The New Republic’s Jonathan Cohn reports that back in March, IMS Health projected slightly negative revenue growth for the pharmaceutical industry but recently changed that projection to 3.5-percent annual growth from 2008 through 2013.
“What changed?” Cohn asks. “A major factor, according to IMS, was the emerging details of health care reform … Put it all together, and you have more demand for name‐brand drugs … enough to boost revenue significantly.” And:
“If this bill is implemented,” the report concludes on page 138, “an increase in prices on new drugs can be expected.”
How could this be happening? Oh yeah:
That brings us back to the deal that the Pharmaceutical Researchers and Manufacturers of America, which represents those companies, made with the White House and Senate Finance Committee …
The industry agreed to embrace health care reform and, later on, launched a massive advertising campaign to promote the cause. In exchange, the White House and Senate Finance–which had been asking various industries to pledge concessions that would help pay for the cost of coverage expansions–promised not to seek more than $80 in reduced payments to drug makers.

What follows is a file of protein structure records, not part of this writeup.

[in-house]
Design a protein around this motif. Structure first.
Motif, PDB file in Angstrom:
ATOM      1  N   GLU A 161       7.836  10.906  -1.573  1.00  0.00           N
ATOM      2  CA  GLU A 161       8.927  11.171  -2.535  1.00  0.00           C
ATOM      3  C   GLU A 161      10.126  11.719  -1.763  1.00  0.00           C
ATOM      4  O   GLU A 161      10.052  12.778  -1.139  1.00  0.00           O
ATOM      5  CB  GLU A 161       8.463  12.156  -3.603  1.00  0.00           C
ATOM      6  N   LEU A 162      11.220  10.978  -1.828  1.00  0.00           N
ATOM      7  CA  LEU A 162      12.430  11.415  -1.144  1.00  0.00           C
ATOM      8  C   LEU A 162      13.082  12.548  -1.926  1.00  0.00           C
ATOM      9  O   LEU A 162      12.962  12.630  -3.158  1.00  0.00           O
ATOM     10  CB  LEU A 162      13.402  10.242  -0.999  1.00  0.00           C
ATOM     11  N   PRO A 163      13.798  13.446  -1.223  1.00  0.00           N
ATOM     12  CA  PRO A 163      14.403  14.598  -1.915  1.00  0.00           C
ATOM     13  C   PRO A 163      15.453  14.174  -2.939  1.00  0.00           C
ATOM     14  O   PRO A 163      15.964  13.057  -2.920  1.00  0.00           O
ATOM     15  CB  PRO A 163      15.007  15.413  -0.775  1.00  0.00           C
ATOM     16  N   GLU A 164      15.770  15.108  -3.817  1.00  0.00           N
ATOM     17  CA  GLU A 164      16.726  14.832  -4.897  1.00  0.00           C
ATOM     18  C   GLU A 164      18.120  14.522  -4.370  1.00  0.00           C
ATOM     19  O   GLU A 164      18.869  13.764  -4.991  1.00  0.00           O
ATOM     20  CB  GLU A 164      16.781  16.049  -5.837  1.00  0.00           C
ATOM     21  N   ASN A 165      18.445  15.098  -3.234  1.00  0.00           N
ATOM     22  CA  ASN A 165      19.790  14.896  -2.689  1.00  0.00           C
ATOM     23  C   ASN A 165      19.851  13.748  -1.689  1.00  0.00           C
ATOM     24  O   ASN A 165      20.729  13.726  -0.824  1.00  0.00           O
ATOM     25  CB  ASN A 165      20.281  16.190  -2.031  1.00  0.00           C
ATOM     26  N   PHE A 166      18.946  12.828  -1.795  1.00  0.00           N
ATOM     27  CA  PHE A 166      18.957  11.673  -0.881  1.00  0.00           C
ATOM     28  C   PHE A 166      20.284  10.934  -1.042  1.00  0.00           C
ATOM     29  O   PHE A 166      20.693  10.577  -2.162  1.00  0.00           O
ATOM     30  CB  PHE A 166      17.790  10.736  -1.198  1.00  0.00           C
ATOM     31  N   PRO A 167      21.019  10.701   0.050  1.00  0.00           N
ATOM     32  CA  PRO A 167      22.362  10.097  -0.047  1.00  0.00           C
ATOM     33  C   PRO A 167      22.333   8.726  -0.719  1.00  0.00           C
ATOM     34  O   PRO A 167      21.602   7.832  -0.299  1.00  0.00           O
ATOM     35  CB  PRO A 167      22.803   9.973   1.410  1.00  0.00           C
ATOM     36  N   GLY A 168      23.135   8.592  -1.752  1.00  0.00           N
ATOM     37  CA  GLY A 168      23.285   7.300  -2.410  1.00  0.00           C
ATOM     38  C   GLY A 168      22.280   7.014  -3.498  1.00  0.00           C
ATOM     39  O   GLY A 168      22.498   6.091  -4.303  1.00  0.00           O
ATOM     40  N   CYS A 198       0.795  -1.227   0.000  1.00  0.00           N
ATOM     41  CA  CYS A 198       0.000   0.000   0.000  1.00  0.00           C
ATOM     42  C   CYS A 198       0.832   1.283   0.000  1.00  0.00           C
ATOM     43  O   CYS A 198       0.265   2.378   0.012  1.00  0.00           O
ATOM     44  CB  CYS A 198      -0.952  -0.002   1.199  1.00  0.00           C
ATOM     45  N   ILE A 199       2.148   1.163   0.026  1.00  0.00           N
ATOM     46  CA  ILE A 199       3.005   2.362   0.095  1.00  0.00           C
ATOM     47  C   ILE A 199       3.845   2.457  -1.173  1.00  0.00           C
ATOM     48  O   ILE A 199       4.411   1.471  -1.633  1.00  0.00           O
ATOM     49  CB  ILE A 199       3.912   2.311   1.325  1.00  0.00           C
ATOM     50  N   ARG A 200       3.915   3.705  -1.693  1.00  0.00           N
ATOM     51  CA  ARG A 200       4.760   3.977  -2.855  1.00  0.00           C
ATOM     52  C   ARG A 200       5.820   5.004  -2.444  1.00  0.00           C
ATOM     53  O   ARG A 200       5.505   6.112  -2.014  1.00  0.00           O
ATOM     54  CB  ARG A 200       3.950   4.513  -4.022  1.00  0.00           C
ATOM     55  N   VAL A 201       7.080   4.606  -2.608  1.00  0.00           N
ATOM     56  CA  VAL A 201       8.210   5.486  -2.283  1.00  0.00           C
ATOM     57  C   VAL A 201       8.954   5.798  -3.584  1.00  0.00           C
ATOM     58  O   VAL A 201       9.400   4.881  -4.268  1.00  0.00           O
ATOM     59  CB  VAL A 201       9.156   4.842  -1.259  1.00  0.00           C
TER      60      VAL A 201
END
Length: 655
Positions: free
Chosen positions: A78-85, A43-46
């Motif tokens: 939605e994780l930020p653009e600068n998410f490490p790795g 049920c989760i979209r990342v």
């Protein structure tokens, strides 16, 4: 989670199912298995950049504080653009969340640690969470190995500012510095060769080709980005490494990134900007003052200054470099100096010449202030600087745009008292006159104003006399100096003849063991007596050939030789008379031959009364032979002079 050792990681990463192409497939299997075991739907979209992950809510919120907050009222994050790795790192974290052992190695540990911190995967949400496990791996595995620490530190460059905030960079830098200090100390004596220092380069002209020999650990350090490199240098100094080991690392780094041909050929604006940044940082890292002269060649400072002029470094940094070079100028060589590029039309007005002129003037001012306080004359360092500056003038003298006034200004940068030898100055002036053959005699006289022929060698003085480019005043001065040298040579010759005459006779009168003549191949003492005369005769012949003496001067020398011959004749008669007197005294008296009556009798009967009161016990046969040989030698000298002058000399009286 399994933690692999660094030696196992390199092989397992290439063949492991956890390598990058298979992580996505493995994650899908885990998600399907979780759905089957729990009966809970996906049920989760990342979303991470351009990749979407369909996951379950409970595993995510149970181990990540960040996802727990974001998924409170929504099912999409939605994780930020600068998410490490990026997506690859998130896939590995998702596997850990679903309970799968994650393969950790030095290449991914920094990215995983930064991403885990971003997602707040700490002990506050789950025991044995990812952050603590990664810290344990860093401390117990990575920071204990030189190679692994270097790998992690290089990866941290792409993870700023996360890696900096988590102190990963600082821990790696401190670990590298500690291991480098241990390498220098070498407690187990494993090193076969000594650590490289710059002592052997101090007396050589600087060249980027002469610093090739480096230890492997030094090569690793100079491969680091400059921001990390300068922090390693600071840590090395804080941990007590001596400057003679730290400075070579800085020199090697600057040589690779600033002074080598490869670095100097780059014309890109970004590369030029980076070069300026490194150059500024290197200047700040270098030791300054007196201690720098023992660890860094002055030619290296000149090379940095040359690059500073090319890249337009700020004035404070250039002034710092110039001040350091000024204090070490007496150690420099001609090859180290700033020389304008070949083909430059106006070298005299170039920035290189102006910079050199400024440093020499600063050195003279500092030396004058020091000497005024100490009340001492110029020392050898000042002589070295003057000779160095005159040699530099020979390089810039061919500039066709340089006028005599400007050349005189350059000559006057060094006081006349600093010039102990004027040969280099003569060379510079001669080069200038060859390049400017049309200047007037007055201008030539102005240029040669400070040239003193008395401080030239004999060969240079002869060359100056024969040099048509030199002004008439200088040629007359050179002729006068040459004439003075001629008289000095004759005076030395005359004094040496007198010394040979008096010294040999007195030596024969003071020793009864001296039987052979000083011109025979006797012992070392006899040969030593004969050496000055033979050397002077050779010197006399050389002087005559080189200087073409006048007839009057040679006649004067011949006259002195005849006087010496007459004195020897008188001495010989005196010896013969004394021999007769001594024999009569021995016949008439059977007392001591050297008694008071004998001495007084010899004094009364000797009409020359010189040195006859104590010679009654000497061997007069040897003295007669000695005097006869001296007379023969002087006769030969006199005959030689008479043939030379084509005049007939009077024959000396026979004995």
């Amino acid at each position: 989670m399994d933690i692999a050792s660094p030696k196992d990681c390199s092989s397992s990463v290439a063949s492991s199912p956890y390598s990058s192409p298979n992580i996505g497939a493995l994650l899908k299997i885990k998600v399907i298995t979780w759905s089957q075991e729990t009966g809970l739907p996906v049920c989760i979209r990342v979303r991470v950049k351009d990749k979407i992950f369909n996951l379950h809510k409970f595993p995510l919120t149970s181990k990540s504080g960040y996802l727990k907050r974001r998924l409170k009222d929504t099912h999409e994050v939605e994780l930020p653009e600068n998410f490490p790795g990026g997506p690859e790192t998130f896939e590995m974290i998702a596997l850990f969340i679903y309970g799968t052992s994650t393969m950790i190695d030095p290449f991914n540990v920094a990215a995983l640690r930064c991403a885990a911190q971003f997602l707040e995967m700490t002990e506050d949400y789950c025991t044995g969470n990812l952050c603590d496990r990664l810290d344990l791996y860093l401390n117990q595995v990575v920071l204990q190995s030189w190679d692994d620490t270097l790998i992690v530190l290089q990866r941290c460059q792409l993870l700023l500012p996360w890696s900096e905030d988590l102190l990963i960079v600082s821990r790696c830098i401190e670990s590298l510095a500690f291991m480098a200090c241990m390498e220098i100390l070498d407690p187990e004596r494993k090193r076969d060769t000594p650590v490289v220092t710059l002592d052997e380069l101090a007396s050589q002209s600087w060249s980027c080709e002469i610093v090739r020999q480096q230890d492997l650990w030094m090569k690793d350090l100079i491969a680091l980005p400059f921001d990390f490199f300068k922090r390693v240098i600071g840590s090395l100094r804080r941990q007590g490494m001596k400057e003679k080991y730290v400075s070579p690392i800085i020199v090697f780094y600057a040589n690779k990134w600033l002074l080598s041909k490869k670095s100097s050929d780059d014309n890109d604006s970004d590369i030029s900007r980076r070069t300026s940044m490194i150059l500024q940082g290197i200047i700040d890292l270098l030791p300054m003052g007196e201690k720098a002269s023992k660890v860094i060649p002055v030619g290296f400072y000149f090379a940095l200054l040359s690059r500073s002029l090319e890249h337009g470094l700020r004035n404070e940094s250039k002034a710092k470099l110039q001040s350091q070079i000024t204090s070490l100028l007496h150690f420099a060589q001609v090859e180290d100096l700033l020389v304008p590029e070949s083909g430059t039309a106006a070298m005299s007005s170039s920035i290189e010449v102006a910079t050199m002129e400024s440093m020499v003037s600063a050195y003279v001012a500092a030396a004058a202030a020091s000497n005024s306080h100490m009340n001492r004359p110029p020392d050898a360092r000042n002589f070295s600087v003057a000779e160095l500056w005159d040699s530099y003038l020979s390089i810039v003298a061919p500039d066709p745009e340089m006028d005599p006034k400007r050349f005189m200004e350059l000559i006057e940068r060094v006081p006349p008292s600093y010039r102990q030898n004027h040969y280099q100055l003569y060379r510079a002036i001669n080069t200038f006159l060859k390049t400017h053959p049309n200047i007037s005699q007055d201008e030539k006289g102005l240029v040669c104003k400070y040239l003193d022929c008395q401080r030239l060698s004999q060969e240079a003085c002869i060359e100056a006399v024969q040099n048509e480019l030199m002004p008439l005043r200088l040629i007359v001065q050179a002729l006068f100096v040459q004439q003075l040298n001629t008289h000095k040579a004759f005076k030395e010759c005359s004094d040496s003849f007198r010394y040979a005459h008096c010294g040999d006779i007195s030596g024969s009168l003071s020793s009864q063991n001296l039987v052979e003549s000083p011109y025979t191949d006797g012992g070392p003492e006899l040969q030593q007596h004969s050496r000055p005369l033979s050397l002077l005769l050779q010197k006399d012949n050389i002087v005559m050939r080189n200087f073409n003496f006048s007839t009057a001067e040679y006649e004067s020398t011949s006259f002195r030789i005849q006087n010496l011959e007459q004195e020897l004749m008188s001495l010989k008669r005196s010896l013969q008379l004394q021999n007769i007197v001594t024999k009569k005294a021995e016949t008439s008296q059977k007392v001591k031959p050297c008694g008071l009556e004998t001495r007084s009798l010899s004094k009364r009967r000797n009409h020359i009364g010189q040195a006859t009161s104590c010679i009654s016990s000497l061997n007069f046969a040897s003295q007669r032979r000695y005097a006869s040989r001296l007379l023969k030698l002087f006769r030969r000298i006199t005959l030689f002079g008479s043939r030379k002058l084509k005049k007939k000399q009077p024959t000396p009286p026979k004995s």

To an industry as big and profitable as the drug makers, giving up $80 billion over ten years wouldn’t seem like much of a sacrifice–a point critics started making right away. But if IMS is right, the drug industry wouldn’t even be giving up $80 billion, in any meaningful sense of the term. If anything, it’d be making more money. Maybe quite a lot of it.
Which is what I predicted, both here and here.
Cohn concludes, “the drug industry has enormous leverage in Congress.” But Cohn still supports the president’s health care takeover. Or is it PhRMA’s health care takeover?